Combining data from various sources allows shippers who import goods through the port of Rotterdam to visualise the supply chain more clearly. A pilot project of the Port of Rotterdam Authority is now a fully-fledged application called Cargo Tracker. In the coming months, Portbase will further develop the application, together with the market. The expectation is that companies will be able to monitor all import movements via Portbase by the end of this year and they will be notified automatically about any delays.
No more calling the shipping company or emailing the terminal to ask where a container has got to: just log on to a portal and see immediately where the cargo is. This service, known as Cargo Tracker, is available to everyone and one of Rotterdam’s aims with the new option is to establish its reputation as a smart port.
Cargo Tracker is the successor to Boxinsider, an app developed by the Port of Rotterdam Authority in 2019. ‘Our strategy is to become the smartest port in the world,’ explains Matthijs van Doorn, Director of Logistics, ‘and in that way to boost our competitive position. The digital transition is opening up opportunities. From that perspective, we launched a number of experiments in our own development lab. They included collaborating with the market in the search for solutions. One of them involved enhancing the transparency of the chain: supply chain visibility. Initially, we wanted to tackle that in a large-scale, wide-ranging way but that turned out to be unachievable in the short term. So we reduced our focus by concentrating on a number of parties in the chain. We went to work to get information from different parties so shippers would know better what is happening.’
The result was Boxinsider. ‘Ship owners, terminals and shippers were interested in getting on board,’ says Van Doorn. ‘The tool met the demand for chain visibility and led to standardisation. The transparency meant that everyone in the chain knew exactly what was going on and the standardisation ensured that data could be exchanged smoothly and reliably. Once this structure was in place, we wanted to take it to the next level and make it available to more companies for development and use. That can be done through the Portbase Port Community System.’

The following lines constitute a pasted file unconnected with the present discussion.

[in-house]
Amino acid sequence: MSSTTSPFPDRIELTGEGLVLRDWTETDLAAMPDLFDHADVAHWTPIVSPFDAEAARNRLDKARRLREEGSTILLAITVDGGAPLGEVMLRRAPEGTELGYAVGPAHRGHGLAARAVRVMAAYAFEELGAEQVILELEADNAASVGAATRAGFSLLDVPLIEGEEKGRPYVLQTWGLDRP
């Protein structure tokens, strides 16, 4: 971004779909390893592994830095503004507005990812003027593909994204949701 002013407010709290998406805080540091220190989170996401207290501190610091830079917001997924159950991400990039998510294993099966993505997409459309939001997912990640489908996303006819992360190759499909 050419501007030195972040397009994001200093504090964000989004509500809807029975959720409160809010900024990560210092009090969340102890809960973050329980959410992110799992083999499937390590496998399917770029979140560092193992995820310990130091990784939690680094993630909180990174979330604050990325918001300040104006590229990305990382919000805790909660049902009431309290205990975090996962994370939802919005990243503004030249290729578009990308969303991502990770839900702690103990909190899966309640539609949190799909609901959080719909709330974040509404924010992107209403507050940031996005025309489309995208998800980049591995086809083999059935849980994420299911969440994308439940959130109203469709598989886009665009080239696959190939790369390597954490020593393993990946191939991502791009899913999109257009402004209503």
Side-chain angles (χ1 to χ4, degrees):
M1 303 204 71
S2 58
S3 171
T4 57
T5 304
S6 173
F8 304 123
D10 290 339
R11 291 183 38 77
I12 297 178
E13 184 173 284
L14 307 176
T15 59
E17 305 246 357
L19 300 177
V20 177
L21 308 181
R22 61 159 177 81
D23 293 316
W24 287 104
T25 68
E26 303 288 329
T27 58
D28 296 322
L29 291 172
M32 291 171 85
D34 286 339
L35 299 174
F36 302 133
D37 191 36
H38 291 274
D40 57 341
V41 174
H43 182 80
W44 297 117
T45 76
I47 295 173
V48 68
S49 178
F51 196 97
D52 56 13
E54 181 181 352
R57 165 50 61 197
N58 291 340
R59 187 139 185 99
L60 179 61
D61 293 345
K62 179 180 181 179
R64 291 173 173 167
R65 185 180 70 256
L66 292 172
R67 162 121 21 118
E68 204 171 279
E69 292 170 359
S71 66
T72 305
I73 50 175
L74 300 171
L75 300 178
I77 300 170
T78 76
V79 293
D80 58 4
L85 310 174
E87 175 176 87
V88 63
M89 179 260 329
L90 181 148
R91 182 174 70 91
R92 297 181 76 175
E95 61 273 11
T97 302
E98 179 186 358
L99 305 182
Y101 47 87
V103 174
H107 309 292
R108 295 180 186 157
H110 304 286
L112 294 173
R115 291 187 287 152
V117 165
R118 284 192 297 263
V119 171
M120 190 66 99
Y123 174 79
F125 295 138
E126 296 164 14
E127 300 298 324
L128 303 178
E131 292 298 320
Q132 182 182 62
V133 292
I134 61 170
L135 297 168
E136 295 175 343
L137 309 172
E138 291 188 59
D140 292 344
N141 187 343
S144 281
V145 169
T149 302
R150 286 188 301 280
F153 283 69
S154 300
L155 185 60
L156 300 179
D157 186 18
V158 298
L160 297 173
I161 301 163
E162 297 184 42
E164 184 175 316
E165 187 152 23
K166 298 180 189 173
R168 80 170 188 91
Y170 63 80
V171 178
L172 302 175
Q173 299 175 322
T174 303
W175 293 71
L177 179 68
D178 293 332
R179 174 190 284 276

Supplying the tool through Portbase will allow it to grow, says Donald Baan, a former employee of the Port Authority who helped with the predecessor, Boxinsider, and who now works as Portbase’s business development manager. ‘We’re now working with the new name, Cargo Tracker. I think it’s a hugely valuable product for shippers. You don’t want to spend all day making phone calls and entering codes on different sites to know where a container is. We now have all that information in Cargo Tracker. It’s clear at a glance where containers are located and the system also provides information about things like customs declarations. Not only does that save on phone calls and a lot of internet time, the data can also be used to optimise things like warehouse planning. Obviously, the information is available only to people who have been given authorisation. So we make sure that the data is shared not only efficiently but also securely.’
In addition to reliable forecasts, Cargo Tracker has more to offer, says Baan. ‘If there is a delay, the companies further down the line are informed immediately. This gives the shipper, for example, the opportunity to make arrangements for hinterland transport.’ The pilot project conducted thorough research to determine which data are relevant and what can be left out. ‘Data from ship owners and terminals were already available in the Port Community System, but that was not the case for data from inland terminals, for example. And until now, shippers are still phoning these companies every day to ask where their container has got to. This tool will allow shippers to see a container on the screen and the inland terminals will be able to focus on their business operations again.’